IndyCar: Series abandons larger engine, will still add hybrid but GM against it (Update)

This article has been updated below to add quotes from GM CEO Mary Barra and GM President Mark Reuss on how against hybrids their company is.

Given that – besides dropping the large 2.4L engine, why are they still pursuing adding a hybrid component when the parent company of GM is so against hybrids?  Will this result in Chevy eventually pulling the plug on IndyCar altogether, since hybrid engine go against the companies stated all-electric goal?

December 6, 2022 

In today’s announcement that the IndyCar Series was continuing its leadership role of sustainability in Motorsports came the surprise announcement that it was going to abandon the larger 2.4L engines.  Part of the reason for going to a larger displacement internal combustion engine, plus adding hybrid, was to get the HP level up to 1,000.

The release said:

INDYCAR is also continuing its path toward the introduction of a hybrid engine platform for the 2024 race season. This program is being developed through the collaboration of Ilmor, Chevrolet and Honda Performance Development. Testing of the hybrid motor has commenced and will continue through the 2023 season. With the introduction of the hybrid motor, the 2.4-liter engine will be paused to allow the innovative hybrid technology to be paired with the proven 2.2-liter twin-turbocharged V-6 engines.

“We are most proud of the many advancements that the NTT INDYCAR SERIES has made in leading the motorsports world toward a more sustainable future”, INDYCAR President Jay Frye said. “The 2.2-liter INDYCAR engines supplied by Honda and Chevrolet have provided the most competitive racing in the world. The 2024 hybrid engine package will provide even more excitement with horsepower increases over the current engine.”

“There has been good progress made on IndyCar’s hybrid system, we have covered several race distances to date in the prototype phase,” HPD president David Salters told RACER. “It now needs to be further developed for production and our teams.  We are excited to be working and collaborating with IndyCar, Chevrolet and Ilmor on this. To do this in the current timeframe of development, we will keep the current race engine and focus our priorities and resources on collaborating on the new IndyCar hybrid system.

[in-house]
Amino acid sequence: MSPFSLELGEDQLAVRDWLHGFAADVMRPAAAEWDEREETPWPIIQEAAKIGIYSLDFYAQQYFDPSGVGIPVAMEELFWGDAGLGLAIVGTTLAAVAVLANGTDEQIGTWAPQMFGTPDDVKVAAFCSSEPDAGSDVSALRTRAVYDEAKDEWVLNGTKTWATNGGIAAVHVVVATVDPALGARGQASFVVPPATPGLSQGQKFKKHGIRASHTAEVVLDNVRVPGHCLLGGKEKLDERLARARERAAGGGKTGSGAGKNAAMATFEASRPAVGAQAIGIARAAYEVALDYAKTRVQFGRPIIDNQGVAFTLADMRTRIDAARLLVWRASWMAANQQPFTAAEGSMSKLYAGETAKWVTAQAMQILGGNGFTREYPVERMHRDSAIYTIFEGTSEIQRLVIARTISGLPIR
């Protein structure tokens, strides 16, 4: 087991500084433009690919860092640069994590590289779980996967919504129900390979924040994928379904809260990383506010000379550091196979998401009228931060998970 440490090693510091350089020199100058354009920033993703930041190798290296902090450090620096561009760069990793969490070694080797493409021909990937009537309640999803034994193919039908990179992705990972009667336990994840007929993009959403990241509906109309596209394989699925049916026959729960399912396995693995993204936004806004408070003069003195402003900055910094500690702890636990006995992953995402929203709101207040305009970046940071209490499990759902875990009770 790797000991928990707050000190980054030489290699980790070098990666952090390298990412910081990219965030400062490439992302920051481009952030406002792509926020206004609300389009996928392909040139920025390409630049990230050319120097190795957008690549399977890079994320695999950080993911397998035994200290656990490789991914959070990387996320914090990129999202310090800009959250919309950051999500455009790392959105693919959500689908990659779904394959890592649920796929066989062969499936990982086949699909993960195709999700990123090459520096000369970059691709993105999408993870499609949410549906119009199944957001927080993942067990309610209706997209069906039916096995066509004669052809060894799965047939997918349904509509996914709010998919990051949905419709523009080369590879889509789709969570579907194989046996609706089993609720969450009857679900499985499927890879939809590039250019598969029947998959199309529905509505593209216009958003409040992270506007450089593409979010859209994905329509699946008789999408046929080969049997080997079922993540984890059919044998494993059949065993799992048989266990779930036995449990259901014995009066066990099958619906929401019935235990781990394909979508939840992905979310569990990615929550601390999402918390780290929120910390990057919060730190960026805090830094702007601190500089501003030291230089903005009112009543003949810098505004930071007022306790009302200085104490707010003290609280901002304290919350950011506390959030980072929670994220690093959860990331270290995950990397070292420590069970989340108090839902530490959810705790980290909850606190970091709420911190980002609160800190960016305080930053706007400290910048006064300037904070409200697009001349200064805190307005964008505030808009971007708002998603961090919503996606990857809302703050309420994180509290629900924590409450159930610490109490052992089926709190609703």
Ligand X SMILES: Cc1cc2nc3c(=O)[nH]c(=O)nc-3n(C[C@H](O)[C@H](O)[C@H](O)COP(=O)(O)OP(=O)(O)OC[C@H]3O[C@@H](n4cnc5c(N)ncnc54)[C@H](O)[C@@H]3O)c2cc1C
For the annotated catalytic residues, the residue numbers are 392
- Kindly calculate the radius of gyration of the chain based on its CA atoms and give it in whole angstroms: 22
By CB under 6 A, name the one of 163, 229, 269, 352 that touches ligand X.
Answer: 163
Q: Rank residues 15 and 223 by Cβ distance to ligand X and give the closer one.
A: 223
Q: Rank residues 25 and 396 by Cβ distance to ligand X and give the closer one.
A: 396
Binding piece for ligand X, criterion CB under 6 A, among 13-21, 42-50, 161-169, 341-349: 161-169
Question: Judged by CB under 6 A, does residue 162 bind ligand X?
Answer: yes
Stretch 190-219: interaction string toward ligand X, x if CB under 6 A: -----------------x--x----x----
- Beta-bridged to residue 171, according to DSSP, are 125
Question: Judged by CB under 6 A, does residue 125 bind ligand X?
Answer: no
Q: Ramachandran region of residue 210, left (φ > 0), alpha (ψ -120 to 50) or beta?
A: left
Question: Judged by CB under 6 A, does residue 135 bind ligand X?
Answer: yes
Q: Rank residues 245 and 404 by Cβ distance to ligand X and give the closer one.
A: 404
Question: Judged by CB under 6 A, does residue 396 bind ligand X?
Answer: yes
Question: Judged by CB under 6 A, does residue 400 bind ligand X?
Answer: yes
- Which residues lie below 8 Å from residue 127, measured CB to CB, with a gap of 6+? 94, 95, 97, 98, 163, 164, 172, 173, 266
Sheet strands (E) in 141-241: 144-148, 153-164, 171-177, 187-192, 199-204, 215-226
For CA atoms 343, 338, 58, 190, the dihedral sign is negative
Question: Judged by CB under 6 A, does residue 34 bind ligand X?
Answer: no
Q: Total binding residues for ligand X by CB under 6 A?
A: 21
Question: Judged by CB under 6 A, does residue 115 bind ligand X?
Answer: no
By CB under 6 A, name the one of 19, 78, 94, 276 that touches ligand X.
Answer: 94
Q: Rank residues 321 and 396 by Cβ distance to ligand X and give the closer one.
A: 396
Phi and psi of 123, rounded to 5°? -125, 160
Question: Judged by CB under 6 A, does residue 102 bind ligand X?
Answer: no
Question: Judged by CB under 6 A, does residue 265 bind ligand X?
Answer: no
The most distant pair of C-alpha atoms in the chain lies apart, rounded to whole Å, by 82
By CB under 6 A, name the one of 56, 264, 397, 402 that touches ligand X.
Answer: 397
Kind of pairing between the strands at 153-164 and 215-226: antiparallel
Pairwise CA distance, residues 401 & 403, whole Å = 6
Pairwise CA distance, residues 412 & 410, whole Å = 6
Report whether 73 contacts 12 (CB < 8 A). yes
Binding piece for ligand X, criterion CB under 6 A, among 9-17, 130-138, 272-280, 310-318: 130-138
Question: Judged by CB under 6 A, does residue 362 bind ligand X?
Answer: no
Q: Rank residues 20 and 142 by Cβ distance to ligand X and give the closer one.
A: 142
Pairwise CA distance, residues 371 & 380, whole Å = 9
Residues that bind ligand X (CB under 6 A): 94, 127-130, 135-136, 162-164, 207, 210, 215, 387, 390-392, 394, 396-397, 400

“Focusing on electrification and sustainability is certainly one of our key goals, our engineers and technicians are very motivated to work together and help move the hybrid system onto this next phase. We all have a lot to learn, but that’s exactly why we go racing: we actively search out the next challenge. The race car environment is extremely challenging. Typically, we strive to make things too small, too light and too powerful, then we make it work! That’s part of our DNA, we have learned how to excel at this challenge.  We are excited to assist IndyCar with this challenge, along with Chevrolet and Ilmor, as we push forward to this new electrified hybrid era.”

Chevy’s Mark Stielow added:

“IndyCar has decided to have the manufacturers pause the 2.4L development so that all efforts can be placed on the hybrid system development,” the brand’s director of motorsports competition engineering said. “Continuing with Chevrolet’s proven 2.2L V6 will help facilitate that. Chevrolet is committed to a sustainable future in racing and supports the efforts IndyCar is putting into developing the series’ hybrid system.”

How much money did Honda and Chevy waste on designing and developing the 2.4L engine only to now have to abandon them?

IndyCar failed to land a 3rd engine manufacturer, and that spelled doom for the 2.4L engine. Honda and Chevy were not going to supply IndyCars goal of a larger grid size of 28. That would mean 14 cars each for Honda and Chevy and the commercial value is just not there for them to do that with the more expensive engines.

And why are they still going down the path of a hybrid component? According to GM President Mark Reuss, the best way to make the transition is to completely bypass hybrid vehicles, and bring EV models directly to market instead.

According to an article by Business Insider, some automakers, like Toyota, have been using hybrids to make the transition to an EV-only lineup a little easier, while Reuss believes this approach to be unnecessary.

“We’re not going to dilute our investment with hybrids,” Reuss said. “If you look at some of the other companies that are doing or have signaled that they’re going to have an all-electric lineup, the profitability picture is quite different.”

Additionally, Cadillac and Buick have plans to transition to an EV-only lineup by 2030, with Chevy and GMC expected to follow by 2035. Thus, it doesn’t make much sense for GM to invest in hybrid technology when its EV plans are unfolding now, and heating up. In fact, GM CEO Mary Barra has gone on record saying that GM customers just aren’t interested in hybrid vehicles. We disagree, but that is what she said.

Mark C. reporting for